GP7 Details

Background
Canadian National began ordering General Purpose (GP) diesels later than many other North American railroads and as a result only purchased 24 GP7s. Later, in October 1958, GMD rebuilt wrecked F3A 9005 (originally built in 1948) with a GP9 carbody to give a GP7M 4824.
The first order (C-168) was for 20 dynamic braked GP7s which came equipped with Pyle headlights and Blomberg trucks as seen in the builder’s photographs above. A second order (C-169) for four GP7 without dynamic brakes followed but this was treated by GM as part of the initial order. All were built in the Fall of 1953 by GM in London, Ontario. Originally, the units were numbered 7555 to 7578 but in September 1954 they were renumbered to 1700 to 1723 and reclassified; then in June 1956 they were renumbered again to 4350 to 4373 and finally in August 1957 they received their final numbers 4800 to 4823.
Many were transferred to CN’s Western Region and some, if not all, received Flexicoil trucks for operation on prairie branchlines and the Alberta Resources Railway to Grande Cache. The Blomberg truck has prominent lateral leaf springs, supported by outside hangers, which help to reduce the side-to-side motion. These trucks have a wheelbase of 108 inches. Flexicoil trucks lack the outside spring hangers (and presumably the springs) and those used by CN have a wheelbase of 96 inches. A GP7 with Flexicoil trucks weighs 239800 lbs whereas with Blomberg trucks it weighs 246530 lbs. Presumably, because the locomotives were used on branchlines where speeds are generally lower, it was not necessary to provide as much lateral damping.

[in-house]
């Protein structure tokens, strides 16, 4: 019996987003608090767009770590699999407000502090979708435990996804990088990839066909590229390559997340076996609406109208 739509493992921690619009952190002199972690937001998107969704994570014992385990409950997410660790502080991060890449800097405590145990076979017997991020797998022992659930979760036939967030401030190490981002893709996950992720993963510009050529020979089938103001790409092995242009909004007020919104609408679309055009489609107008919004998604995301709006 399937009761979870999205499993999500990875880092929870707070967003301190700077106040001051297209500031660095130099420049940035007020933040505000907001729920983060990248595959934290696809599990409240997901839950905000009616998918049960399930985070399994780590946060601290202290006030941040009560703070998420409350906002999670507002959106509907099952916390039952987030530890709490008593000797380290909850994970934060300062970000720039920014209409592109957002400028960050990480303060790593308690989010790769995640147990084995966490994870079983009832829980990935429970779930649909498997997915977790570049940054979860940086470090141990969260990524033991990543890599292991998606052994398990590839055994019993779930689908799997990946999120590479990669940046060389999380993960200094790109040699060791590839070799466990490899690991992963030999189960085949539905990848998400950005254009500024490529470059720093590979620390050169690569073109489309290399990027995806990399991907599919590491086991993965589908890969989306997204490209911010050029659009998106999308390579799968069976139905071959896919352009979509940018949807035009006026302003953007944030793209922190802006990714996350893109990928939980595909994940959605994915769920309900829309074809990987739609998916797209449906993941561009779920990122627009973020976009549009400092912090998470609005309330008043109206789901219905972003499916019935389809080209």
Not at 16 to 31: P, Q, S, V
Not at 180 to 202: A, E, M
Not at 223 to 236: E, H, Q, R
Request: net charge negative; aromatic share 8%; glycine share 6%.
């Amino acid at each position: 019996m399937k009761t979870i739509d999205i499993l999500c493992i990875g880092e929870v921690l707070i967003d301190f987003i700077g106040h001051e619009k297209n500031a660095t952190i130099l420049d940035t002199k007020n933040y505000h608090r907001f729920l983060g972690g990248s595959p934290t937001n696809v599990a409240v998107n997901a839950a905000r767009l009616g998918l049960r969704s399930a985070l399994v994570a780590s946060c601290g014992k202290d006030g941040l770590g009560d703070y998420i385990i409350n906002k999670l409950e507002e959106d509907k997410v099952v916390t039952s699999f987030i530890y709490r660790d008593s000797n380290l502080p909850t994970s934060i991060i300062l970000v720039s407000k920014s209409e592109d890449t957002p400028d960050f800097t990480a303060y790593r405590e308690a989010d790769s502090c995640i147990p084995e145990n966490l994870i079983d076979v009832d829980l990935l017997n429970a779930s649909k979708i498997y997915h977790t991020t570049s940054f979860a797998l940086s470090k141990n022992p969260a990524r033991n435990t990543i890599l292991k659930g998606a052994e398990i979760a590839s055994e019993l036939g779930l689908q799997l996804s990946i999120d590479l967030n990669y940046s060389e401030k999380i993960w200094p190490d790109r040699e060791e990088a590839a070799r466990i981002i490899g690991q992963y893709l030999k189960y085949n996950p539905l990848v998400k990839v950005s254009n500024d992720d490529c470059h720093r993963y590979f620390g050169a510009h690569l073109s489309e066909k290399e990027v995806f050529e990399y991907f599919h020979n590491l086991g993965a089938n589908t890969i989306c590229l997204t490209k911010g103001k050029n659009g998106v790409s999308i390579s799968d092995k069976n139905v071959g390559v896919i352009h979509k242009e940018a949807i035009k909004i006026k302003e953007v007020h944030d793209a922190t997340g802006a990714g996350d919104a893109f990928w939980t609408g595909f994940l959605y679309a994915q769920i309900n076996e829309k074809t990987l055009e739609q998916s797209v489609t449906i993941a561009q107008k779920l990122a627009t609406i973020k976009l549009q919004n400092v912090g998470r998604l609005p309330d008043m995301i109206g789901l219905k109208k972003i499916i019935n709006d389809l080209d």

All units were retired between 1967 and 1975.

Liveries
All units were delivered in the green and yellow paint scheme (CNR Green No 11 and CNR Yellow No 11) initially with the CNR monogram (white CNR on red maple leaf with an outside diameter of 28 inches as seen in the in the builder’s pictures above and in the photo of 4357 in Canadian National in the West Volume 4 page 18 by J.A. Love and R.A. Matthews BRMNA (Calgary)). Many, possibly all, units later received the 1954 monogram in which yellow Canadian National Railways replaced the white CNR and the outside diameter was only 20 inches as seen in the photos of 4818. From the early 1960’s units began to be repainted in the CN orange and black scheme (CN Orange No 11, CNR Grey No 17 and black) with the CN symbol but three units were retired without being repainted into this livery — 4809 and 4812 (in 1971) and 4818 (in 1975) — information from Don McQueen and Ray Corley.
Modifications
Several visible changes were made to the units during their lifetime. After a couple of years the handrails on the frame side of the steps were sloped inwards to provide a better hand hold when walking around the step well. Some units had their exhaust stacks extended and later spark arresters were added, probably to all units. The three photos on page 35 of Rail Canada Volume 1 show these variations. At least one unit received a dual headlight, on at least one end, by August 1970 (see photo of 4818) and 4824 may have had dual headlights since its rebuilding. 4819 is believed to be the only unit fitted with a passenger style pilot. (see CNLines V3/3)
Flexicoil trucks from 4100-4133 were fitted beginning in early 1967 (Mod.HQ-8081). By November 1969 all units were listed in the Mechanical Dept. diagrams as having Flexicoil trucks (information from Don McQueen and Ray Corley). If this was indeed the case then several units were refitted with Blomberg trucks after only a few years as shown by the photographic evidence.